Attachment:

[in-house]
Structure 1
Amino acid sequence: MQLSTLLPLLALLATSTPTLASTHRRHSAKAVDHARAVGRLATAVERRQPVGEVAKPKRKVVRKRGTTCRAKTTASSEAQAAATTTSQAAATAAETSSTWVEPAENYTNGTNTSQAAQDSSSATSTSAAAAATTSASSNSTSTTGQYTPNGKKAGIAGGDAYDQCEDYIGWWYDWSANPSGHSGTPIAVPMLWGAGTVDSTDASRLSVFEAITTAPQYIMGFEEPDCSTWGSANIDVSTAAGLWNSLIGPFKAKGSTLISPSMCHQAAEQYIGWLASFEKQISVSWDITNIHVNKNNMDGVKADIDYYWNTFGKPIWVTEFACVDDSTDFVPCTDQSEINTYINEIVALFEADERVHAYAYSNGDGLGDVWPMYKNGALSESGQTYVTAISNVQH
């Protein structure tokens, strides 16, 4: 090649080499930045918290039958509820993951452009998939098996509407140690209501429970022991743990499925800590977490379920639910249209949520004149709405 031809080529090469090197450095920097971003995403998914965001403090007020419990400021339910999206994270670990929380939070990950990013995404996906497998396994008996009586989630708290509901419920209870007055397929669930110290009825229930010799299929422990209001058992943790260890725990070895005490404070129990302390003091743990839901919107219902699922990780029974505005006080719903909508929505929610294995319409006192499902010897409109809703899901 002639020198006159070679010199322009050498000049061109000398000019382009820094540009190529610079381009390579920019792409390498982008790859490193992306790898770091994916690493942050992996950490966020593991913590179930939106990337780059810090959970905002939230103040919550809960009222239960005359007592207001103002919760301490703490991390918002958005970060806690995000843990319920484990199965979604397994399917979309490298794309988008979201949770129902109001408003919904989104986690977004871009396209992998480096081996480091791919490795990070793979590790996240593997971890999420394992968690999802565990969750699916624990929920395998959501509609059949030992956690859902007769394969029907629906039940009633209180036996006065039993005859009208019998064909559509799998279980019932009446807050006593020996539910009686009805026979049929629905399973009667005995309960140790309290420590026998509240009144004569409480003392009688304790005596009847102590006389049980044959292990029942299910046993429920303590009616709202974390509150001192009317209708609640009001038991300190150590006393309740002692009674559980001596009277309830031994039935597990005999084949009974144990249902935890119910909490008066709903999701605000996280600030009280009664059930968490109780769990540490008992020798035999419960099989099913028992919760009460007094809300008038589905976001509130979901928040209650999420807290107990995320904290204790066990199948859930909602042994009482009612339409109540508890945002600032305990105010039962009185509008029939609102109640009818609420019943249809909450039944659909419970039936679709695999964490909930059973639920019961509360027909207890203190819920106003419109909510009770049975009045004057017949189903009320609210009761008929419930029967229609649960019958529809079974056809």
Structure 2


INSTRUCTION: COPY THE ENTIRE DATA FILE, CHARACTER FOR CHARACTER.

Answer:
[in-house]
Structure 1
Amino acid sequence: MQLSTLLPLLALLATSTPTLASTHRRHSAKAVDHARAVGRLATAVERRQPVGEVAKPKRKVVRKRGTTCRAKTTASSEAQAAATTTSQAAATAAETSSTWVEPAENYTNGTNTSQAAQDSSSATSTSAAAAATTSASSNSTSTTGQYTPNGKKAGIAGGDAYDQCEDYIGWWYDWSANPSGHSGTPIAVPMLWGAGTVDSTDASRLSVFEAITTAPQYIMGFEEPDCSTWGSANIDVSTAAGLWNSLIGPFKAKGSTLISPSMCHQAAEQYIGWLASFEKQISVSWDITNIHVNKNNMDGVKADIDYYWNTFGKPIWVTEFACVDDSTDFVPCTDQSEINTYINEIVALFEADERVHAYAYSNGDGLGDVWPMYKNGALSESGQTYVTAISNVQH
């Protein structure tokens, strides 16, 4: 090649080499930045918290039958509820993951452009998939098996509407140690209501429970022991743990499925800590977490379920639910249209949520004149709405 031809080529090469090197450095920097971003995403998914965001403090007020419990400021339910999206994270670990929380939070990950990013995404996906497998396994008996009586989630708290509901419920209870007055397929669930110290009825229930010799299929422990209001058992943790260890725990070895005490404070129990302390003091743990839901919107219902699922990780029974505005006080719903909508929505929610294995319409006192499902010897409109809703899901 002639020198006159070679010199322009050498000049061109000398000019382009820094540009190529610079381009390579920019792409390498982008790859490193992306790898770091994916690493942050992996950490966020593991913590179930939106990337780059810090959970905002939230103040919550809960009222239960005359007592207001103002919760301490703490991390918002958005970060806690995000843990319920484990199965979604397994399917979309490298794309988008979201949770129902109001408003919904989104986690977004871009396209992998480096081996480091791919490795990070793979590790996240593997971890999420394992968690999802565990969750699916624990929920395998959501509609059949030992956690859902007769394969029907629906039940009633209180036996006065039993005859009208019998064909559509799998279980019932009446807050006593020996539910009686009805026979049929629905399973009667005995309960140790309290420590026998509240009144004569409480003392009688304790005596009847102590006389049980044959292990029942299910046993429920303590009616709202974390509150001192009317209708609640009001038991300190150590006393309740002692009674559980001596009277309830031994039935597990005999084949009974144990249902935890119910909490008066709903999701605000996280600030009280009664059930968490109780769990540490008992020798035999419960099989099913028992919760009460007094809300008038589905976001509130979901928040209650999420807290107990995320904290204790066990199948859930909602042994009482009612339409109540508890945002600032305990105010039962009185509008029939609102109640009818609420019943249809909450039944659909419970039936679709695999964490909930059973639920019961509360027909207890203190819920106003419109909510009770049975009045004057017949189903009320609210009761008929419930029967229609649960019958529809079974056809």
Structure 2